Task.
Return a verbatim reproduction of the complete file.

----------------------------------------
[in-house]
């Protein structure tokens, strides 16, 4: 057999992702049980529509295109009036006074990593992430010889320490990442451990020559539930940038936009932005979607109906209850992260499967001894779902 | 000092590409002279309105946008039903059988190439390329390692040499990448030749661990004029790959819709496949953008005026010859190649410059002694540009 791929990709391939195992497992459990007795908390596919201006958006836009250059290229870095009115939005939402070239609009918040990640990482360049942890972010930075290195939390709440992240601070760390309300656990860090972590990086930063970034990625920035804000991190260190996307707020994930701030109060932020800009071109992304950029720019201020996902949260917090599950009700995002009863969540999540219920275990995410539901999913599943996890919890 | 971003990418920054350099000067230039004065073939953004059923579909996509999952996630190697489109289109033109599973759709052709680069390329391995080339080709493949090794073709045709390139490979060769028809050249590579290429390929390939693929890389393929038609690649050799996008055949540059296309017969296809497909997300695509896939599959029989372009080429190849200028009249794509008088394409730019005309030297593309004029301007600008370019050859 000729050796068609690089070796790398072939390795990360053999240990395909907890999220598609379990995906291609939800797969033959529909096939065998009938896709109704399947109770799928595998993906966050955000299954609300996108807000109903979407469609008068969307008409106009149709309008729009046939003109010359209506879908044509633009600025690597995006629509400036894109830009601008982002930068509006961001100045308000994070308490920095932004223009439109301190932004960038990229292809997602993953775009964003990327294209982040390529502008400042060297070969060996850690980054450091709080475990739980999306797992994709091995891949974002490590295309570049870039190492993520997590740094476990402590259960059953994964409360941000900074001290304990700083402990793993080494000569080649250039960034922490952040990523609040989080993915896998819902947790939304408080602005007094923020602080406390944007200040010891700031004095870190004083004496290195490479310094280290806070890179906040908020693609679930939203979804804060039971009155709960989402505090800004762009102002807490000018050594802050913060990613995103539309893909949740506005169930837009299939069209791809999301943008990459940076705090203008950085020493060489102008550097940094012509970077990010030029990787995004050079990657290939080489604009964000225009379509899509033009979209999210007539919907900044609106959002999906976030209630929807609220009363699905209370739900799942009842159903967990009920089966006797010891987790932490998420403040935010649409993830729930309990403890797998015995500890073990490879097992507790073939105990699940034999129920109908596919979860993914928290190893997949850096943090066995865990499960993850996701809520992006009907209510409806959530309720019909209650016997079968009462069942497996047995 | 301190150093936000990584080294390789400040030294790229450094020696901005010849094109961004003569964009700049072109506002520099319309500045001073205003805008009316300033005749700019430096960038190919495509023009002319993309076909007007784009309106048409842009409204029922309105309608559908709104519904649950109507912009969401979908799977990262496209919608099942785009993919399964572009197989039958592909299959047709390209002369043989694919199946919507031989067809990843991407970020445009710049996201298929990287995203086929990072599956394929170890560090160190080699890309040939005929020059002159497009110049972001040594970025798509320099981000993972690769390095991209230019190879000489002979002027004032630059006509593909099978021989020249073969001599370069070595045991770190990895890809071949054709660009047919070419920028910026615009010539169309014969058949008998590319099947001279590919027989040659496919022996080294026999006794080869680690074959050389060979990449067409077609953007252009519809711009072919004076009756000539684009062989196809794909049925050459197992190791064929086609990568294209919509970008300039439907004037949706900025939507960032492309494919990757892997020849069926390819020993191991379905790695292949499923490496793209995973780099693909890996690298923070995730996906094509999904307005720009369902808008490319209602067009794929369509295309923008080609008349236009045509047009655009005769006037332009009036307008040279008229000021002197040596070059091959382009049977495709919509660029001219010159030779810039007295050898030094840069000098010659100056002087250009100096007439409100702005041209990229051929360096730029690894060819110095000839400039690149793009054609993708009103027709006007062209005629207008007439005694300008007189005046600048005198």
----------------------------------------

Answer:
[in-house]
């Protein structure tokens, strides 16, 4: 057999992702049980529509295109009036006074990593992430010889320490990442451990020559539930940038936009932005979607109906209850992260499967001894779902 | 000092590409002279309105946008039903059988190439390329390692040499990448030749661990004029790959819709496949953008005026010859190649410059002694540009 791929990709391939195992497992459990007795908390596919201006958006836009250059290229870095009115939005939402070239609009918040990640990482360049942890972010930075290195939390709440992240601070760390309300656990860090972590990086930063970034990625920035804000991190260190996307707020994930701030109060932020800009071109992304950029720019201020996902949260917090599950009700995002009863969540999540219920275990995410539901999913599943996890919890 | 971003990418920054350099000067230039004065073939953004059923579909996509999952996630190697489109289109033109599973759709052709680069390329391995080339080709493949090794073709045709390139490979060769028809050249590579290429390929390939693929890389393929038609690649050799996008055949540059296309017969296809497909997300695509896939599959029989372009080429190849200028009249794509008088394409730019005309030297593309004029301007600008370019050859 000729050796068609690089070796790398072939390795990360053999240990395909907890999220598609379990995906291609939800797969033959529909096939065998009938896709109704399947109770799928595998993906966050955000299954609300996108807000109903979407469609008068969307008409106009149709309008729009046939003109010359209506879908044509633009600025690597995006629509400036894109830009601008982002930068509006961001100045308000994070308490920095932004223009439109301190932004960038990229292809997602993953775009964003990327294209982040390529502008400042060297070969060996850690980054450091709080475990739980999306797992994709091995891949974002490590295309570049870039190492993520997590740094476990402590259960059953994964409360941000900074001290304990700083402990793993080494000569080649250039960034922490952040990523609040989080993915896998819902947790939304408080602005007094923020602080406390944007200040010891700031004095870190004083004496290195490479310094280290806070890179906040908020693609679930939203979804804060039971009155709960989402505090800004762009102002807490000018050594802050913060990613995103539309893909949740506005169930837009299939069209791809999301943008990459940076705090203008950085020493060489102008550097940094012509970077990010030029990787995004050079990657290939080489604009964000225009379509899509033009979209999210007539919907900044609106959002999906976030209630929807609220009363699905209370739900799942009842159903967990009920089966006797010891987790932490998420403040935010649409993830729930309990403890797998015995500890073990490879097992507790073939105990699940034999129920109908596919979860993914928290190893997949850096943090066995865990499960993850996701809520992006009907209510409806959530309720019909209650016997079968009462069942497996047995 | 301190150093936000990584080294390789400040030294790229450094020696901005010849094109961004003569964009700049072109506002520099319309500045001073205003805008009316300033005749700019430096960038190919495509023009002319993309076909007007784009309106048409842009409204029922309105309608559908709104519904649950109507912009969401979908799977990262496209919608099942785009993919399964572009197989039958592909299959047709390209002369043989694919199946919507031989067809990843991407970020445009710049996201298929990287995203086929990072599956394929170890560090160190080699890309040939005929020059002159497009110049972001040594970025798509320099981000993972690769390095991209230019190879000489002979002027004032630059006509593909099978021989020249073969001599370069070595045991770190990895890809071949054709660009047919070419920028910026615009010539169309014969058949008998590319099947001279590919027989040659496919022996080294026999006794080869680690074959050389060979990449067409077609953007252009519809711009072919004076009756000539684009062989196809794909049925050459197992190791064929086609990568294209919509970008300039439907004037949706900025939507960032492309494919990757892997020849069926390819020993191991379905790695292949499923490496793209995973780099693909890996690298923070995730996906094509999904307005720009369902808008490319209602067009794929369509295309923008080609008349236009045509047009655009005769006037332009009036307008040279008229000021002197040596070059091959382009049977495709919509660029001219010159030779810039007295050898030094840069000098010659100056002087250009100096007439409100702005041209990229051929360096730029690894060819110095000839400039690149793009054609993708009103027709006007062209005629207008007439005694300008007189005046600048005198």